Courtesy Special Collections, Feinberg Library, State University of New York, College at Plattsburgh.
David Patrick has covered Champlain’s history for some time.
His latest calendar dives into the depths of the area’s cemeteries.
“This year’s calendar has 13 large format photographs that were taken in Champlain village, Rouses Point, Coopersville and Perrys Mills,” said Patrick.
The cover photo shows the circa 1909 railroad depot in the village of Champlain.
“I give a short history of the railroad,” he said. “Each photo has a good description.”
For the essay, Patrick wrote about the lost burying yards.
“There is a lot of history related to these as they contain the remains of Champlain town’s earliest inhabitants,” he said.
Early cemeteries include the Hayford, Shute, A.S. Thurber in Rouses Point, Waters and ones in Perrys Mills. Most were family cemeteries on farms.
“Pliny Moore and Ezra Thurber also gave land to Champlain and Rouses Point villages, and these small cemeteries were used for about 60 years,” Patrick said. “St. Joseph’s cemetery is the oldest catholic cemetery in town.”
In 1858 and 1859, he explained, Maple Hill and Glenwood Cemetery Associations were established and eventually the family cemeteries were dug up and the remains moved.
“But I found that not everyone was moved and many of the these family cemeteries still have people buried here,” Patrick said. “I think it is important for people to know where these old cemeteries are.”
Some are in fields, others behind houses. The exact location of many have been lost over the past 150 years.
One of Patrick’s most significant discoveries was the Refugee Burying Ground, also known as the Catholic Cemetery or Ashline Cemetery. It was known to a few people in town, though its significance seemed a mystery.
“This was on the farm of Jacques Rouse, who Rouses Point is named after,” Patrick said. “He died in 1820.”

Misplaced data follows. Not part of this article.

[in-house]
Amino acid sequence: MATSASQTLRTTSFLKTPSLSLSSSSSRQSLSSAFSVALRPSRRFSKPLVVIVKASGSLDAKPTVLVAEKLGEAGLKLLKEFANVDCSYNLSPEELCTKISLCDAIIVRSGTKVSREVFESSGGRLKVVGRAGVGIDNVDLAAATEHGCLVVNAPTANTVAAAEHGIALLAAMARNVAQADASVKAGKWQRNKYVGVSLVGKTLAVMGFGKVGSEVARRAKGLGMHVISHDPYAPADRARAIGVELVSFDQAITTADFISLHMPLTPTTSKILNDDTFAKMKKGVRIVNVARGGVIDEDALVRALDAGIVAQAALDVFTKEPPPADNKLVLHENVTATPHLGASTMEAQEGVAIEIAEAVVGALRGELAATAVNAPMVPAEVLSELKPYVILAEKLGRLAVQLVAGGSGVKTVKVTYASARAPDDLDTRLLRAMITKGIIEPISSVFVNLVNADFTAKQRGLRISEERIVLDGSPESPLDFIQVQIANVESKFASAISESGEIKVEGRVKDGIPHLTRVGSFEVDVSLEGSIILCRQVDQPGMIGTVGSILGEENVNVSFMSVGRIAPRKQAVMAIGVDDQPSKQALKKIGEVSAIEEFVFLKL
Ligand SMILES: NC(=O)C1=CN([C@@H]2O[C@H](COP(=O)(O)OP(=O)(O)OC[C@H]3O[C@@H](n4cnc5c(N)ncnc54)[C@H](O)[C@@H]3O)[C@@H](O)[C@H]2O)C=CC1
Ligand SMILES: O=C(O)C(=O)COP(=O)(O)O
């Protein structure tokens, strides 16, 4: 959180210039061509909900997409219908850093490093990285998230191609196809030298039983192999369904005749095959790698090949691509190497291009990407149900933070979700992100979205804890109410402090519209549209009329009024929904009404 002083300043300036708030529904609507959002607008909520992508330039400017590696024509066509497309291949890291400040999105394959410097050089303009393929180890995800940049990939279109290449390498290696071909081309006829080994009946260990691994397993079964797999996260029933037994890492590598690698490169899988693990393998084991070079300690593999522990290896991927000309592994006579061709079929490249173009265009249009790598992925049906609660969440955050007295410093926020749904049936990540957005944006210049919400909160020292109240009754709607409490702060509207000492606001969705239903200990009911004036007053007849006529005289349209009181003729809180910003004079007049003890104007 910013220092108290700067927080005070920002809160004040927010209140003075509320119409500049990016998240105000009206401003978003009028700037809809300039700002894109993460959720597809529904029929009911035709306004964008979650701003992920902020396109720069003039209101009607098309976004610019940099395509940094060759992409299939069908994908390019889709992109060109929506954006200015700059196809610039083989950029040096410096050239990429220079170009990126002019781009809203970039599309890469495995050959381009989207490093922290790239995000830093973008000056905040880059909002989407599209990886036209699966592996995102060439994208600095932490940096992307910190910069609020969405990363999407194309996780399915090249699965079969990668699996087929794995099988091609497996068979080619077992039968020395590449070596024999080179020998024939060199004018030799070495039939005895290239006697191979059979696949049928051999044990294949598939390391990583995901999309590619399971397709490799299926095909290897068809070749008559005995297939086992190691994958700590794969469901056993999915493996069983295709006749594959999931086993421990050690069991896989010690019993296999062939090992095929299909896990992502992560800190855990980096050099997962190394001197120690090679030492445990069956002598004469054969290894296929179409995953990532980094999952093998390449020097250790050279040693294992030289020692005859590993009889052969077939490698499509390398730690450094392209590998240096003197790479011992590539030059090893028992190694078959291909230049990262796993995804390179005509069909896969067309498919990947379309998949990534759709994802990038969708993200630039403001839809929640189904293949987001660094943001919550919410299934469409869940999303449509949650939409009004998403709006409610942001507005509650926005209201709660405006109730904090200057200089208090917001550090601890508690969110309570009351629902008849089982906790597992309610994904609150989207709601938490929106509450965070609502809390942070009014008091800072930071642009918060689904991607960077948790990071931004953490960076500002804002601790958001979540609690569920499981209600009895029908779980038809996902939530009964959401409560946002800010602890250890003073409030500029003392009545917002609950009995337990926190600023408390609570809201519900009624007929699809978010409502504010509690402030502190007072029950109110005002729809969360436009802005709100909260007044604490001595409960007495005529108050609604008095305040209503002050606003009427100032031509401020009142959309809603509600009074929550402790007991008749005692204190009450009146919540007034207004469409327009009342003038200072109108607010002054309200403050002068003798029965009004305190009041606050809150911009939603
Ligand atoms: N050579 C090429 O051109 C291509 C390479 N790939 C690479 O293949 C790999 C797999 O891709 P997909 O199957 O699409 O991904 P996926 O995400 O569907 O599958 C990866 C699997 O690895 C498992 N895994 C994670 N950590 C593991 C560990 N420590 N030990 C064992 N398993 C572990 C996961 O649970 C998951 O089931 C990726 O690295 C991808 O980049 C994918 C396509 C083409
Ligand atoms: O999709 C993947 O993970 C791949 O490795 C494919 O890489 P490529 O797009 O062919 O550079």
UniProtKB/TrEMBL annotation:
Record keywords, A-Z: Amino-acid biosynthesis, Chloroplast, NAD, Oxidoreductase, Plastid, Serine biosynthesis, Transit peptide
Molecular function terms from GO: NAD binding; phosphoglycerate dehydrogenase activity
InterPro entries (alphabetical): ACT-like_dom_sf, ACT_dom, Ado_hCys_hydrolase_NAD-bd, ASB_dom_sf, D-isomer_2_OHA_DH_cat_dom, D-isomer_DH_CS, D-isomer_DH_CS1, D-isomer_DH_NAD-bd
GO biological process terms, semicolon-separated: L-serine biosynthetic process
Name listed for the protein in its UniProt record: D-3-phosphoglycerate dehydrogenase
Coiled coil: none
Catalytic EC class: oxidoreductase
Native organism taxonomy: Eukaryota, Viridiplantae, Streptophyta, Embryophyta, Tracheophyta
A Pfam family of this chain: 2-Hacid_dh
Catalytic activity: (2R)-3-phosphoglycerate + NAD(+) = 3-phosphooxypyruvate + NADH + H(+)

Rouse is buried there with his wives and young children. Many of the earliest French refugees are buried there too.
“Human remains have been found in this field in the past,” Patrick said. “No one knows the original size of the cemetery or where people are buried as the earliest graves probably had wooden crosses placed here.
“In the mid to late 1800s, gravestones were placed here, but they were all knocked down in the 1930s.”
Today, they lay covered in sod.
Last year, Patrick drove around town and used the McLellan Cemetery Transcriptions to find many of the smaller plots. Some were taken care of, but others were abandoned, with stones buried and broken.
Patrick’s relative, Hugh McLellan, transcribed more than 8,000 stones in his lifetime during the 1930s and 1950s. Over the past 80 years, the conditions of the cemeteries has worsened and transcriptions are the only way to know who is buried where.
“I also list the soldiers that served in the Revolutionary War, War of 1812 and Civil War and where they are buried,” Patrick said. “This is important to know when we give tribute to these soldiers who fought 200 years ago.”
To Purchase a Calendar
Champlain: Kinney Drugs (Route 11), the Village of Champlain office, the Town of Champlain office, the Champlain Memorial Library, Chauvin Insurance,Samuel de Champlain History Center
Rouses Point: Cornerstone Drug and Gift (Route 11)
Beekmantown: Conroy’s Organics (Route 9)
Plattsburgh: Corner-Stone Bookshop (downtown on Margaret Street), Clinton County Historical Association (CCHA)